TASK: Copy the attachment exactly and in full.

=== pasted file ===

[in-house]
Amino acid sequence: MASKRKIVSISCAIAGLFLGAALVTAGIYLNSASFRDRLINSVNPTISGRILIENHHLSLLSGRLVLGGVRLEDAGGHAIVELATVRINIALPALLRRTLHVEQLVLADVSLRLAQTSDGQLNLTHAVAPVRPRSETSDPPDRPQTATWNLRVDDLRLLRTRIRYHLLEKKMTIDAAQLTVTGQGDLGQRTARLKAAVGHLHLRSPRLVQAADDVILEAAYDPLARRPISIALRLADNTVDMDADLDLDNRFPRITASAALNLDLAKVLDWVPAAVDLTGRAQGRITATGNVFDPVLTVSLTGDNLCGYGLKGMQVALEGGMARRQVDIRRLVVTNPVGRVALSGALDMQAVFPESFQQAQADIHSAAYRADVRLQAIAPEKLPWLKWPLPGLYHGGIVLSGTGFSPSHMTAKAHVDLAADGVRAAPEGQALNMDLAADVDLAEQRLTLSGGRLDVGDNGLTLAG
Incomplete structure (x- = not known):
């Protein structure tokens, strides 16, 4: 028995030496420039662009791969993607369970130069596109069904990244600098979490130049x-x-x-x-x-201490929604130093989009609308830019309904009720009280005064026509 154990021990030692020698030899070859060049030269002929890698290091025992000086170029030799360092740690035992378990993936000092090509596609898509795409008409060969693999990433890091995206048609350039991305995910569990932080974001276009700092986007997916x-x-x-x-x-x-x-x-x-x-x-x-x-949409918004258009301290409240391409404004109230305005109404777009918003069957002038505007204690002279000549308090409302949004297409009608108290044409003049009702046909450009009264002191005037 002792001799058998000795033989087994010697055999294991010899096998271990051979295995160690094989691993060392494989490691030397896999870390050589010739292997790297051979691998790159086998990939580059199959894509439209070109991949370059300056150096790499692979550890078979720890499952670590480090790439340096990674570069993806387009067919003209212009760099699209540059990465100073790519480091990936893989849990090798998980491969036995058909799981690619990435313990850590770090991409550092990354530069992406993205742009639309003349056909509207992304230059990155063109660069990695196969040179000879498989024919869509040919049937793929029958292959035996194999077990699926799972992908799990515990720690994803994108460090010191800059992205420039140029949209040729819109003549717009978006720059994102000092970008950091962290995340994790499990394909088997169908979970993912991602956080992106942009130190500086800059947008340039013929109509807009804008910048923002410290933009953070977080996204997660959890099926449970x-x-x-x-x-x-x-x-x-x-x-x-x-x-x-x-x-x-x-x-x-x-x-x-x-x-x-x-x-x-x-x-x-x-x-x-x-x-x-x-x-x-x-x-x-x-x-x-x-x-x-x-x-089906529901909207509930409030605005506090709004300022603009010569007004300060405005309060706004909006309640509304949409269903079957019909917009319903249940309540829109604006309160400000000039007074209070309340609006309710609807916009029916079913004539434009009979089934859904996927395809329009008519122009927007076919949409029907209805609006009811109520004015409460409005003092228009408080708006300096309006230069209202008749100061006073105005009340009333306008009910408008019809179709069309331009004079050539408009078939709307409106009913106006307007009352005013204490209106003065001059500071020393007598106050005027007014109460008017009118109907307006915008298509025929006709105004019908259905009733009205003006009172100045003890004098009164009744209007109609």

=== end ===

[in-house]
Amino acid sequence: MASKRKIVSISCAIAGLFLGAALVTAGIYLNSASFRDRLINSVNPTISGRILIENHHLSLLSGRLVLGGVRLEDAGGHAIVELATVRINIALPALLRRTLHVEQLVLADVSLRLAQTSDGQLNLTHAVAPVRPRSETSDPPDRPQTATWNLRVDDLRLLRTRIRYHLLEKKMTIDAAQLTVTGQGDLGQRTARLKAAVGHLHLRSPRLVQAADDVILEAAYDPLARRPISIALRLADNTVDMDADLDLDNRFPRITASAALNLDLAKVLDWVPAAVDLTGRAQGRITATGNVFDPVLTVSLTGDNLCGYGLKGMQVALEGGMARRQVDIRRLVVTNPVGRVALSGALDMQAVFPESFQQAQADIHSAAYRADVRLQAIAPEKLPWLKWPLPGLYHGGIVLSGTGFSPSHMTAKAHVDLAADGVRAAPEGQALNMDLAADVDLAEQRLTLSGGRLDVGDNGLTLAG
Incomplete structure (x- = not known):
């Protein structure tokens, strides 16, 4: 028995030496420039662009791969993607369970130069596109069904990244600098979490130049x-x-x-x-x-201490929604130093989009609308830019309904009720009280005064026509 154990021990030692020698030899070859060049030269002929890698290091025992000086170029030799360092740690035992378990993936000092090509596609898509795409008409060969693999990433890091995206048609350039991305995910569990932080974001276009700092986007997916x-x-x-x-x-x-x-x-x-x-x-x-x-949409918004258009301290409240391409404004109230305005109404777009918003069957002038505007204690002279000549308090409302949004297409009608108290044409003049009702046909450009009264002191005037 002792001799058998000795033989087994010697055999294991010899096998271990051979295995160690094989691993060392494989490691030397896999870390050589010739292997790297051979691998790159086998990939580059199959894509439209070109991949370059300056150096790499692979550890078979720890499952670590480090790439340096990674570069993806387009067919003209212009760099699209540059990465100073790519480091990936893989849990090798998980491969036995058909799981690619990435313990850590770090991409550092990354530069992406993205742009639309003349056909509207992304230059990155063109660069990695196969040179000879498989024919869509040919049937793929029958292959035996194999077990699926799972992908799990515990720690994803994108460090010191800059992205420039140029949209040729819109003549717009978006720059994102000092970008950091962290995340994790499990394909088997169908979970993912991602956080992106942009130190500086800059947008340039013929109509807009804008910048923002410290933009953070977080996204997660959890099926449970x-x-x-x-x-x-x-x-x-x-x-x-x-x-x-x-x-x-x-x-x-x-x-x-x-x-x-x-x-x-x-x-x-x-x-x-x-x-x-x-x-x-x-x-x-x-x-x-x-x-x-x-x-089906529901909207509930409030605005506090709004300022603009010569007004300060405005309060706004909006309640509304949409269903079957019909917009319903249940309540829109604006309160400000000039007074209070309340609006309710609807916009029916079913004539434009009979089934859904996927395809329009008519122009927007076919949409029907209805609006009811109520004015409460409005003092228009408080708006300096309006230069209202008749100061006073105005009340009333306008009910408008019809179709069309331009004079050539408009078939709307409106009913106006307007009352005013204490209106003065001059500071020393007598106050005027007014109460008017009118109907307006915008298509025929006709105004019908259905009733009205003006009172100045003890004098009164009744209007109609």